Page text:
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Board members of the SPJ Western Washington Pro Chapter were concerned. The year 2020 was a tumultuous time for journalists not only in our state, but across the country — as both the coronavirus pandemic and demonstrations took hold in our communities. Our goal was to gain insight into the mental health of journalists in our state and pinpoint areas in which we could provide assistance. What we learned was concerning: A majority of the journalists who took our survey said mental wellness was more of a struggle now than before the pandemic, that they never use mental health services, and that a myriad of barriers contributes to this. The survey was open to any Washington state journalist, from March 17 to April 11, 2021. We promoted the survey through our social media channels (Facebook, Twitter), and reached out to journalists in our state both directly and through their news organizations. This report includes data from 148 reporters, photographers, editors, web producers, newsroom executives, and others.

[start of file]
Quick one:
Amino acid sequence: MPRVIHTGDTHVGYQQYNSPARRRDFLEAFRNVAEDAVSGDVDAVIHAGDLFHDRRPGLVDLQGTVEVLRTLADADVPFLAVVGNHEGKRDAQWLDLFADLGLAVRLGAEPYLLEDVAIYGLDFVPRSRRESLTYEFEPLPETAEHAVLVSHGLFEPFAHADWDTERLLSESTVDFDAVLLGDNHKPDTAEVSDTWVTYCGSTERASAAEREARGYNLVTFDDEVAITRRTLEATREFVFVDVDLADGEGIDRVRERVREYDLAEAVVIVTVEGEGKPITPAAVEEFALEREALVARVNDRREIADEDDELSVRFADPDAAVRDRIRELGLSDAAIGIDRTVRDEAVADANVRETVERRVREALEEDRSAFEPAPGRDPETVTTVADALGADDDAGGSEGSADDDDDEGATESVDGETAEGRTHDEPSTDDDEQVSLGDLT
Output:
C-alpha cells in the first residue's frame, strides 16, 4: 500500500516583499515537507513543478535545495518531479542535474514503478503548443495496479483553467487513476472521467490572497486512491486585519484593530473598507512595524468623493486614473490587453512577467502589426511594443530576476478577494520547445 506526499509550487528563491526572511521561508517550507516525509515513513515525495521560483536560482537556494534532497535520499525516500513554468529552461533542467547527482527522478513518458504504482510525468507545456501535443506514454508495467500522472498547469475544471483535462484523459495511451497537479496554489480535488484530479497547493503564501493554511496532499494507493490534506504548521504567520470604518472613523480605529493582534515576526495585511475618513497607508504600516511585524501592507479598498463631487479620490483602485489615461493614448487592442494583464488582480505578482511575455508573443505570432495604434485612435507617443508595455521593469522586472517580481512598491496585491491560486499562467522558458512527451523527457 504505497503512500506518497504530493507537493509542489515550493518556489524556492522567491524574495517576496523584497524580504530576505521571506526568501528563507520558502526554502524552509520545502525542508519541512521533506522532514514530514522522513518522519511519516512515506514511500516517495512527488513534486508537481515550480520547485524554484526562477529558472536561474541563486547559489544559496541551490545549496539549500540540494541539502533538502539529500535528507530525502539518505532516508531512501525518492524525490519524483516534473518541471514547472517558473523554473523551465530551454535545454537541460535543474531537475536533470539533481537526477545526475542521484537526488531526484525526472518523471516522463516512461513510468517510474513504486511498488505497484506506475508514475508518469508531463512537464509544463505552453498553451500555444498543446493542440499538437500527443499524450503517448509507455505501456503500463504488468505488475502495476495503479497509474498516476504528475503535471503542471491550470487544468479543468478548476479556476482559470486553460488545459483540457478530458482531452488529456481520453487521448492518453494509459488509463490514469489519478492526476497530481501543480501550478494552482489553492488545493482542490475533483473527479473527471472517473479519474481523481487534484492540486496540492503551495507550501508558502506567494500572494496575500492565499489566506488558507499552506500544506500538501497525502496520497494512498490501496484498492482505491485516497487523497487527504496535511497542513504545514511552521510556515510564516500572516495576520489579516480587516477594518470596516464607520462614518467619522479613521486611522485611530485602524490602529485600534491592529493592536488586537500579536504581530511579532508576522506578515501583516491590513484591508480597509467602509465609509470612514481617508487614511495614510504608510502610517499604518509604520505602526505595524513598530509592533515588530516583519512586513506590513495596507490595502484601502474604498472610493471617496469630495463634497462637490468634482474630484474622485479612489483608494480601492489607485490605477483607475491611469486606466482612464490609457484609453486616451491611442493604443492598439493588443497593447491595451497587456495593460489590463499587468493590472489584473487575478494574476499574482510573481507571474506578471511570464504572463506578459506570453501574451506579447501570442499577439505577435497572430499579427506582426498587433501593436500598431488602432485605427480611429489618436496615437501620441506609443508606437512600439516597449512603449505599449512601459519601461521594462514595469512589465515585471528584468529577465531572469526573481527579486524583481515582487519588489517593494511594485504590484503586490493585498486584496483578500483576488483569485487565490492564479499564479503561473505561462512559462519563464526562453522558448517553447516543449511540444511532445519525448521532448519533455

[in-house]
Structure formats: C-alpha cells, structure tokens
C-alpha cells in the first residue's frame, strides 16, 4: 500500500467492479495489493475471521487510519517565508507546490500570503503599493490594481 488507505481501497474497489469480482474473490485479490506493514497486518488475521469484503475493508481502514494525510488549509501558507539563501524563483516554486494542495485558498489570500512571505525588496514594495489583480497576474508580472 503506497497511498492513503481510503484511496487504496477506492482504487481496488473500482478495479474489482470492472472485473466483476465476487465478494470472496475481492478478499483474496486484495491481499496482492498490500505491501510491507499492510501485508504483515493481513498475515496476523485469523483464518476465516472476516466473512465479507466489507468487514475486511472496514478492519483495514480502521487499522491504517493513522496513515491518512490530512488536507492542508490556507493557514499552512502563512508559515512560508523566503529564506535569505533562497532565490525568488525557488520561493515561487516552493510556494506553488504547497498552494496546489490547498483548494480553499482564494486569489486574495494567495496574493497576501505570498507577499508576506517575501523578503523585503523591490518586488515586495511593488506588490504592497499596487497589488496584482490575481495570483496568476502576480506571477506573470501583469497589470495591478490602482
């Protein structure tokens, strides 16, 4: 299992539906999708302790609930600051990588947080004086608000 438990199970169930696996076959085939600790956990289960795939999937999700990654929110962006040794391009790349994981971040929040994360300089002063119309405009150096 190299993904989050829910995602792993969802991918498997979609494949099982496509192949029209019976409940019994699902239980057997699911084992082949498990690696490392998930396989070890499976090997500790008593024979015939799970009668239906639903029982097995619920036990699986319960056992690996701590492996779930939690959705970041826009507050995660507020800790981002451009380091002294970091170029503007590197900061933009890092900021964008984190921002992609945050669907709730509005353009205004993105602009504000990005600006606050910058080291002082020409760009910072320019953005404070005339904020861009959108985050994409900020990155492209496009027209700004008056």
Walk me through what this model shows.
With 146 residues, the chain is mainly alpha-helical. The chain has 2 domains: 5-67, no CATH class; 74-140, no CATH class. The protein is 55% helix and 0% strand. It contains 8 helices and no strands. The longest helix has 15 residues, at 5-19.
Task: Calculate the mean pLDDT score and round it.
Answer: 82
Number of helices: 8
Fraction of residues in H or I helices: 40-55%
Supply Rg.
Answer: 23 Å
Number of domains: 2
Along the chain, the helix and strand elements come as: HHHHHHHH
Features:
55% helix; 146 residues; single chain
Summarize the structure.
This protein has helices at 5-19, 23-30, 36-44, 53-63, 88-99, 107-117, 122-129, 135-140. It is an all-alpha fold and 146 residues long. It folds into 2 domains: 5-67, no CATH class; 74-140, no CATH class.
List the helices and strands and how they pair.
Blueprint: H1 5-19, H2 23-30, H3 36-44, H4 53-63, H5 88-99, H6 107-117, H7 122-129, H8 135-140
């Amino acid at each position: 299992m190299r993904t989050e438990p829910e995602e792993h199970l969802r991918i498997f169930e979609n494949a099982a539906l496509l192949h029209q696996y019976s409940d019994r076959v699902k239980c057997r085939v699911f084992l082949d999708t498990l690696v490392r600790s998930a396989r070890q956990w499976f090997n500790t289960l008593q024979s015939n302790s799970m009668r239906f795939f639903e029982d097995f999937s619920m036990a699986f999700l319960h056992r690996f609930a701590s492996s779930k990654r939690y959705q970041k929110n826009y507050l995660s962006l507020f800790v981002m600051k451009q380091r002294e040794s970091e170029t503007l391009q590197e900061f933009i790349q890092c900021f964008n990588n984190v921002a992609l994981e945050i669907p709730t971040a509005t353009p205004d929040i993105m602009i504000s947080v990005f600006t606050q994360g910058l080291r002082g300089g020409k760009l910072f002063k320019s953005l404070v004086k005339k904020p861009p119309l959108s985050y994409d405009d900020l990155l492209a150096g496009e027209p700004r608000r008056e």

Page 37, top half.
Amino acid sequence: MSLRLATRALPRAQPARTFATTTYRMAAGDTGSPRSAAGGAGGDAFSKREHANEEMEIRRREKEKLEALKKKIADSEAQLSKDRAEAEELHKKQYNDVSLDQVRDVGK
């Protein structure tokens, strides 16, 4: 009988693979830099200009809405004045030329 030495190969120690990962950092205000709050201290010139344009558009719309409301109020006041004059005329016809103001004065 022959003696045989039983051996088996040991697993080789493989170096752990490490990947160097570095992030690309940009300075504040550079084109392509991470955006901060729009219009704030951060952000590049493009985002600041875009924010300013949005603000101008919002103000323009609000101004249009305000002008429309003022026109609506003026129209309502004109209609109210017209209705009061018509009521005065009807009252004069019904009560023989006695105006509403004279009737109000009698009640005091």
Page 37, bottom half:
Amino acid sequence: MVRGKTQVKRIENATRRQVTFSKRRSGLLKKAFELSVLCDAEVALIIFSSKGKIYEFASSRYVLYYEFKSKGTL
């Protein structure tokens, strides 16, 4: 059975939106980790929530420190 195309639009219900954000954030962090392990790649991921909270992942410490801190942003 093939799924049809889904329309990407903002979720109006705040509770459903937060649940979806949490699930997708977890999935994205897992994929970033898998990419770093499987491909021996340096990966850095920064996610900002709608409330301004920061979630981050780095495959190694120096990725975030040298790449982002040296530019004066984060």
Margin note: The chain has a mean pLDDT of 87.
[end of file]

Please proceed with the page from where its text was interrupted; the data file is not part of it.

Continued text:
Some results from the survey gave us a clear indication that journalists in Washington state have been experiencing a heightened level of work-related stress in the past year, and that has caused higher incidences of anxiety and depression throughout many of the roles in our industry.

See the full results of SPJ Western Washington's mental health survey here.

The SPJ Western Washington Professional Chapter announces the recipients of its annual scholarship awards: Suhani Dalal, a University of Washington journalism and environmental science student, was selected to receive a $5,000 scholarship for academic year 2020-2021. Dalal in her scholarship letter demonstrated a commitment to reporting...